Several years ago, I was hired for a full-time position handling marketing for a company. One of the executives asked me to develop a marketing plan for the organization, so I asked for the business plan, to which he responded, “What?”
I told him that I needed to know what his goals and objectives for the organization were – in what areas he saw opportunities to grow and what metrics he was using to define success – so I could base the marketing plan around that. His response was, “You’re a marketing guy. You don’t need a business plan. Just come up with a plan.”
I then asked what my budget was for market research efforts, to which he responded, “What?” I explained that I needed some frame of reference to understand where the organization fit in the local marketplace in relation to the competition and where the growth opportunities and basic SWOT (Strengths, Weaknesses, Opportunities, Threats) existed. His response was, “You’re a marketing guy. Just come up with a plan.”
Frustrated and confused, I performed my own secondary research and developed a comprehensive marketing and outreach plan as best I could. I presented it to the executive along with a budget for each aspect, anticipating that I would only receive approval for a handful of items as opposed to the kitchen sink.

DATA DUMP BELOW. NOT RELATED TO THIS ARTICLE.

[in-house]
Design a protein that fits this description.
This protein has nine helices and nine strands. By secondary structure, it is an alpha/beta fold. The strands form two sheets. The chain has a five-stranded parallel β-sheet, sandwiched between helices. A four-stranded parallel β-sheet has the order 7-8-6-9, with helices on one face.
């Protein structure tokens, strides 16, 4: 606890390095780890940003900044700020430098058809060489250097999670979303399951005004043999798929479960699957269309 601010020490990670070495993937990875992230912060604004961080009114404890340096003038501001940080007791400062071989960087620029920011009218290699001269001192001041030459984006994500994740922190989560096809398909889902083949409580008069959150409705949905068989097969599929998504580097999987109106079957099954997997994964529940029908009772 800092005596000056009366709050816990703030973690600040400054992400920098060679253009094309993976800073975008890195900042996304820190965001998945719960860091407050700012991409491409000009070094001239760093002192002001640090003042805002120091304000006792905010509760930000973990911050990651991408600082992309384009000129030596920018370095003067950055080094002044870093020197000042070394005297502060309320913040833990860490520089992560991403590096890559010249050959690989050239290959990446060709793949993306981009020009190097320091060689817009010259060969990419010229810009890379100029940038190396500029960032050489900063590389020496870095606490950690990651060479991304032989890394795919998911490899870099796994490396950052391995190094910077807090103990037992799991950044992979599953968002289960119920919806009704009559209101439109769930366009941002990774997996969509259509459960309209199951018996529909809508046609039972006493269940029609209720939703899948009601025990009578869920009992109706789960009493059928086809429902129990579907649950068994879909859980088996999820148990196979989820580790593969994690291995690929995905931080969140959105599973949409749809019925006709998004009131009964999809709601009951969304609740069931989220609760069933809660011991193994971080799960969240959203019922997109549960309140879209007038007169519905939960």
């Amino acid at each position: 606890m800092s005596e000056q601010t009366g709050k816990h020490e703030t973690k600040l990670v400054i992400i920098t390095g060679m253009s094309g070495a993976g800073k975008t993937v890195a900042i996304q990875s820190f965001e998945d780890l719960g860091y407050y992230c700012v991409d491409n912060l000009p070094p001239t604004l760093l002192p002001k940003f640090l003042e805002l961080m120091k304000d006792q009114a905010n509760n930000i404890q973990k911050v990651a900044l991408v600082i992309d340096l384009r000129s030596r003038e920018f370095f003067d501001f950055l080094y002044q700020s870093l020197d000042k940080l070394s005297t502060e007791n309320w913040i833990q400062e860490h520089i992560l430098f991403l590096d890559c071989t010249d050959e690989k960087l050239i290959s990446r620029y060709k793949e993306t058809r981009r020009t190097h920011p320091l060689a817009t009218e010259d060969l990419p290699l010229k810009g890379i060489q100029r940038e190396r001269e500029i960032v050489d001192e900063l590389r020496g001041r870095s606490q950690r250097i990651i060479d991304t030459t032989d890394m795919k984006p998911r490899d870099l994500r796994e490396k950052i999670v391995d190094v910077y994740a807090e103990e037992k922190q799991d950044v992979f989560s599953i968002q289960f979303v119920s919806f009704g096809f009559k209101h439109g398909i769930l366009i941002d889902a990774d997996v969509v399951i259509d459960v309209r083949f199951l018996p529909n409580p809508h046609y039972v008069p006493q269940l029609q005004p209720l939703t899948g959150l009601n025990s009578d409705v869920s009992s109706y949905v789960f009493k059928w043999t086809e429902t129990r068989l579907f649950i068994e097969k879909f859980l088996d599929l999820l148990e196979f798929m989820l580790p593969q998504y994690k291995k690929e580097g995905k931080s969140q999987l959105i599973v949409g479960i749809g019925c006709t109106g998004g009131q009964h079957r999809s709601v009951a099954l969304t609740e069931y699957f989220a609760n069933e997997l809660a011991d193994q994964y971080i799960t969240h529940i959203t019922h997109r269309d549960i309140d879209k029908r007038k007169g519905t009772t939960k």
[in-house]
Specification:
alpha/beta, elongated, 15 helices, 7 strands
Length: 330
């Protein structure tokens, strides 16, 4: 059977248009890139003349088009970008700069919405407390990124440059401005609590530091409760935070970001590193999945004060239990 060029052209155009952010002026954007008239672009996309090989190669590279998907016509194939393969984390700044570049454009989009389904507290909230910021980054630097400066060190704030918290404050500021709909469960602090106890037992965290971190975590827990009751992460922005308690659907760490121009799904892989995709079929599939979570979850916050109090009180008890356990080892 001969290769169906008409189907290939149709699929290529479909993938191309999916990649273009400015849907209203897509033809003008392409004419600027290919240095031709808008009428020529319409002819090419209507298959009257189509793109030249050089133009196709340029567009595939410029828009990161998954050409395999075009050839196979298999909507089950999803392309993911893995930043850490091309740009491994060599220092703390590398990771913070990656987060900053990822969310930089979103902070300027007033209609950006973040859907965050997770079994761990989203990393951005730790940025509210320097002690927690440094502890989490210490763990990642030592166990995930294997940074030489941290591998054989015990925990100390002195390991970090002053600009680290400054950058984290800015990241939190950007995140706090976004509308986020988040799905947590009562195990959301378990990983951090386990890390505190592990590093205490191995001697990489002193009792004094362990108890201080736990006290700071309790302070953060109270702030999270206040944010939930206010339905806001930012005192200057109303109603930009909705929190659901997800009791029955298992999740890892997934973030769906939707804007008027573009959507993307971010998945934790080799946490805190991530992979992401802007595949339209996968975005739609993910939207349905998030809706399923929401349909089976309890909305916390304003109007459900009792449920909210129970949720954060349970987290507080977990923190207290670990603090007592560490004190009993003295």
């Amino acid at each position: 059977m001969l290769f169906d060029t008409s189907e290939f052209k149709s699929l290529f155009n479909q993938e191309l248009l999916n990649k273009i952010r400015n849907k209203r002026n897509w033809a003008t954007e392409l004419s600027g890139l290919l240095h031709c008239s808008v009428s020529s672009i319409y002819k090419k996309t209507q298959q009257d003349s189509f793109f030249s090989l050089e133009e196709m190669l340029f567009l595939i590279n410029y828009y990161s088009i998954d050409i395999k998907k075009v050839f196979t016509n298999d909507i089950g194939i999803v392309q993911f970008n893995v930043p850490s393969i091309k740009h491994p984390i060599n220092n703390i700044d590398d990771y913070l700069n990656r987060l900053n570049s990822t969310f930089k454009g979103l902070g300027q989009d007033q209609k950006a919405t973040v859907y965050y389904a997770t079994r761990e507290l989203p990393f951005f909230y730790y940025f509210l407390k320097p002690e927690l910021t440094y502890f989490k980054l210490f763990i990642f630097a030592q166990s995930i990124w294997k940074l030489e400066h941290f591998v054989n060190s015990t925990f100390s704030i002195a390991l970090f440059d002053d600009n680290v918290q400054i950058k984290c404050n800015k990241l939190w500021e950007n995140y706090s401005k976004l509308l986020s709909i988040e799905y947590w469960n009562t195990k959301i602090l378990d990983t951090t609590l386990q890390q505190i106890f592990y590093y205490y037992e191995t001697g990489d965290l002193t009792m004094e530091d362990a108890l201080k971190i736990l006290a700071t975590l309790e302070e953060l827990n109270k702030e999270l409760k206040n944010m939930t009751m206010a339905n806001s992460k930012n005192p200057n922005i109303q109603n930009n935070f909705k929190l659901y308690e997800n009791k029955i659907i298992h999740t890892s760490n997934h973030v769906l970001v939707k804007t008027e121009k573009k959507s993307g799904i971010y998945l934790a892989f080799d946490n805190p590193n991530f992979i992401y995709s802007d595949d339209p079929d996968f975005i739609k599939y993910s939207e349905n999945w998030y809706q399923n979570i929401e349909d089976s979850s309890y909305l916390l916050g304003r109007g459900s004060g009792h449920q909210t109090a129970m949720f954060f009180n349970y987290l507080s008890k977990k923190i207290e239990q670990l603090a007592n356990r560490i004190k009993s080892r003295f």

I never expected the response I got. He opened a desk drawer and said, “You know what we really need? Petri, I was in a client’s office earlier and he had this cube on his desk that unfolds into different shapes and has lots of cool pictures on it. My eyes were drawn to it and I couldn’t stop playing with it. I think what we need is a cube like that. Can you get me a cube?”
I honestly thought he was joking. I sat silent for a moment, then asked how that fit into the strategy and the marketing plan I just presented. He said, “I think this is what we need.” And that was that. I stalled successfully for a year and a half until he finally demanded “THE CUBE” and he got his cube.
I am not a fan of promotional products as a strategy in and of themselves. However, I have not let the cube experience sour my feelings about the potential of branded pens, key chains, apparel, etc. as a supporting campaign element or unique event takeaway.
They have their place. As a tactic. Not as a strategy.